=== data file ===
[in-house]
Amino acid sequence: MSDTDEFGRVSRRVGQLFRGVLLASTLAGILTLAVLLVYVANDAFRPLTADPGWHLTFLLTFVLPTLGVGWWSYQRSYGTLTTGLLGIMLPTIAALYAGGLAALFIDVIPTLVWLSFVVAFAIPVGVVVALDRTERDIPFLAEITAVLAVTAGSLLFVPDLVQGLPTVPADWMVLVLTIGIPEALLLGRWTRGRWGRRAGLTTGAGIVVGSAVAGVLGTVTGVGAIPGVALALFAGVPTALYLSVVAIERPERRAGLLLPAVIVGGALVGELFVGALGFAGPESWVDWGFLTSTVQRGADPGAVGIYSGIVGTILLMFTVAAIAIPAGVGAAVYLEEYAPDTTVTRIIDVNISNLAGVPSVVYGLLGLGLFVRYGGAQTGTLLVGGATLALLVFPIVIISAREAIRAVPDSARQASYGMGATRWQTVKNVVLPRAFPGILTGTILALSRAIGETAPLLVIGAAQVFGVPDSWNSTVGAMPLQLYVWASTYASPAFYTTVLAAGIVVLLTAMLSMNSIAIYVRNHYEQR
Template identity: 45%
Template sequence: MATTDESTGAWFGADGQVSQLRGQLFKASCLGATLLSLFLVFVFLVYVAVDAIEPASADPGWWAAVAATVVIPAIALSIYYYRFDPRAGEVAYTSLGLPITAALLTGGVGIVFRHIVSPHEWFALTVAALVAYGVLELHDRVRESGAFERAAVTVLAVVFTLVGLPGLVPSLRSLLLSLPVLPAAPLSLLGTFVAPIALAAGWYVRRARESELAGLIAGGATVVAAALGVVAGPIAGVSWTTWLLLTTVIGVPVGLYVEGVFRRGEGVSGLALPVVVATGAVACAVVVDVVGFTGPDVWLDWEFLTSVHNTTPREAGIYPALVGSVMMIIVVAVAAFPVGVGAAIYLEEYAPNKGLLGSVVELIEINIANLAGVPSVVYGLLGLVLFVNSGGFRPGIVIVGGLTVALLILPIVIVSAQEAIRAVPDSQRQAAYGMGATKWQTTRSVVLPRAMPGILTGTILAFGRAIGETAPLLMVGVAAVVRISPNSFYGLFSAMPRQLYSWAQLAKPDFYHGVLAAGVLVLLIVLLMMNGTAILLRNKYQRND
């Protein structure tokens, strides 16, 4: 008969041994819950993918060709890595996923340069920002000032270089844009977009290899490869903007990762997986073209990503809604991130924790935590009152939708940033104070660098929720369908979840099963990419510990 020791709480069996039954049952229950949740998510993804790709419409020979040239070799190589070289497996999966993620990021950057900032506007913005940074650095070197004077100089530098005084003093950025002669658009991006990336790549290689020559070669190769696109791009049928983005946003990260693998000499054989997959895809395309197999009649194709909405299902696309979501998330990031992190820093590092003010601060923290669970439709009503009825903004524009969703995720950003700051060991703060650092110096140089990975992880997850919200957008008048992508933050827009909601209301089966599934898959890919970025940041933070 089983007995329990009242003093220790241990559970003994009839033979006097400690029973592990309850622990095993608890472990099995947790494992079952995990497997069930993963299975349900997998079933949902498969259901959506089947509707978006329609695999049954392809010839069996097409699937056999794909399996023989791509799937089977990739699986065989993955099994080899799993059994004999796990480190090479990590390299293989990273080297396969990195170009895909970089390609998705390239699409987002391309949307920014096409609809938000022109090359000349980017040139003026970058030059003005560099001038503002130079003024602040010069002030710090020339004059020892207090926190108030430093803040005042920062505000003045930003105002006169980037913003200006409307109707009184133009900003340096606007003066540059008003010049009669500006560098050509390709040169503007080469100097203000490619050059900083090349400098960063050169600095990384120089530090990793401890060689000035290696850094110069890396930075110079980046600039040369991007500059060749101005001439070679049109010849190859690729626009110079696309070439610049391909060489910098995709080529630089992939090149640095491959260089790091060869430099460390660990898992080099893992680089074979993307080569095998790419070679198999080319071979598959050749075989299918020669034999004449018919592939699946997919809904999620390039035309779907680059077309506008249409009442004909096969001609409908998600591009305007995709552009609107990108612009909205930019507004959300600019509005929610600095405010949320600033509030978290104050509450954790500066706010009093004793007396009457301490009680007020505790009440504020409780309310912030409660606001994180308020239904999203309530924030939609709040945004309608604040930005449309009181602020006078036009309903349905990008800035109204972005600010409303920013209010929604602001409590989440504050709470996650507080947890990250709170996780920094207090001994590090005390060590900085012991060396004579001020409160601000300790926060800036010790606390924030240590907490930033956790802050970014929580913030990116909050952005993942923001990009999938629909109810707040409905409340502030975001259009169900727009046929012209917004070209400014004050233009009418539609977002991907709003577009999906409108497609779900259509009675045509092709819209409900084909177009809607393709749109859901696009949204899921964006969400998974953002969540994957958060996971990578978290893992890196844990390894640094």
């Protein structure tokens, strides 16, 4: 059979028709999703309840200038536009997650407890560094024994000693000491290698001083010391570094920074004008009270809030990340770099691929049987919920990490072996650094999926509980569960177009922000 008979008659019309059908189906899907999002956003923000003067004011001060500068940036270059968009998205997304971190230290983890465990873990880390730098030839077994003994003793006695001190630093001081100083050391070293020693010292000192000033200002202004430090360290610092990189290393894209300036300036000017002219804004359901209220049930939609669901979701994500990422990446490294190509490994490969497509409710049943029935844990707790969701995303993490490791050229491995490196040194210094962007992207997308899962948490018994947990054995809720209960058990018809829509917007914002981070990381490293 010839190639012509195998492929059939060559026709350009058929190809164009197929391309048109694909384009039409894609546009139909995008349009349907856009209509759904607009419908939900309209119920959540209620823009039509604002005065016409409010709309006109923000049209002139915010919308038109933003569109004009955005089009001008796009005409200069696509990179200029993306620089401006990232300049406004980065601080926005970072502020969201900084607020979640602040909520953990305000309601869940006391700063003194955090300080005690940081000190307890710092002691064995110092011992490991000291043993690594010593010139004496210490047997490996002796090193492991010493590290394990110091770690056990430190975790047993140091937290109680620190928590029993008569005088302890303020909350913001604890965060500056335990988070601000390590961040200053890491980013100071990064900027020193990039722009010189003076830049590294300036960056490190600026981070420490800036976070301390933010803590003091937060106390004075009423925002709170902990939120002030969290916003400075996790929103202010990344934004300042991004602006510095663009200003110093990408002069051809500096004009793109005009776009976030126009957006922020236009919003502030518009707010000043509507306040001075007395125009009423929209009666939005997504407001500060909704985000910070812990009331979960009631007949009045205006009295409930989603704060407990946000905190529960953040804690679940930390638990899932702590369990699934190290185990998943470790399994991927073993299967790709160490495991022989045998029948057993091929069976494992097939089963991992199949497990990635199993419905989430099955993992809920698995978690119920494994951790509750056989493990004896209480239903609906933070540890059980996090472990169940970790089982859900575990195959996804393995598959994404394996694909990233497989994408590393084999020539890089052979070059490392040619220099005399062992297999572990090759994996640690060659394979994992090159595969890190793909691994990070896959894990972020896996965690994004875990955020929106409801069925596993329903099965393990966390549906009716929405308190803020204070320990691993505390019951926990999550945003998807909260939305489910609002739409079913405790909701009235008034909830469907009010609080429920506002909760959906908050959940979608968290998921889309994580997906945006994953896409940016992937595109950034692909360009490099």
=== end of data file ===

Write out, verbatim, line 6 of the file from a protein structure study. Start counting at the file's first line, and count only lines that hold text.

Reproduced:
């Protein structure tokens, strides 16, 4: 059979028709999703309840200038536009997650407890560094024994000693000491290698001083010391570094920074004008009270809030990340770099691929049987919920990490072996650094999926509980569960177009922000 008979008659019309059908189906899907999002956003923000003067004011001060500068940036270059968009998205997304971190230290983890465990873990880390730098030839077994003994003793006695001190630093001081100083050391070293020693010292000192000033200002202004430090360290610092990189290393894209300036300036000017002219804004359901209220049930939609669901979701994500990422990446490294190509490994490969497509409710049943029935844990707790969701995303993490490791050229491995490196040194210094962007992207997308899962948490018994947990054995809720209960058990018809829509917007914002981070990381490293 010839190639012509195998492929059939060559026709350009058929190809164009197929391309048109694909384009039409894609546009139909995008349009349907856009209509759904607009419908939900309209119920959540209620823009039509604002005065016409409010709309006109923000049209002139915010919308038109933003569109004009955005089009001008796009005409200069696509990179200029993306620089401006990232300049406004980065601080926005970072502020969201900084607020979640602040909520953990305000309601869940006391700063003194955090300080005690940081000190307890710092002691064995110092011992490991000291043993690594010593010139004496210490047997490996002796090193492991010493590290394990110091770690056990430190975790047993140091937290109680620190928590029993008569005088302890303020909350913001604890965060500056335990988070601000390590961040200053890491980013100071990064900027020193990039722009010189003076830049590294300036960056490190600026981070420490800036976070301390933010803590003091937060106390004075009423925002709170902990939120002030969290916003400075996790929103202010990344934004300042991004602006510095663009200003110093990408002069051809500096004009793109005009776009976030126009957006922020236009919003502030518009707010000043509507306040001075007395125009009423929209009666939005997504407001500060909704985000910070812990009331979960009631007949009045205006009295409930989603704060407990946000905190529960953040804690679940930390638990899932702590369990699934190290185990998943470790399994991927073993299967790709160490495991022989045998029948057993091929069976494992097939089963991992199949497990990635199993419905989430099955993992809920698995978690119920494994951790509750056989493990004896209480239903609906933070540890059980996090472990169940970790089982859900575990195959996804393995598959994404394996694909990233497989994408590393084999020539890089052979070059490392040619220099005399062992297999572990090759994996640690060659394979994992090159595969890190793909691994990070896959894990972020896996965690994004875990955020929106409801069925596993329903099965393990966390549906009716929405308190803020204070320990691993505390019951926990999550945003998807909260939305489910609002739409079913405790909701009235008034909830469907009010609080429920506002909760959906908050959940979608968290998921889309994580997906945006994953896409940016992937595109950034692909360009490099």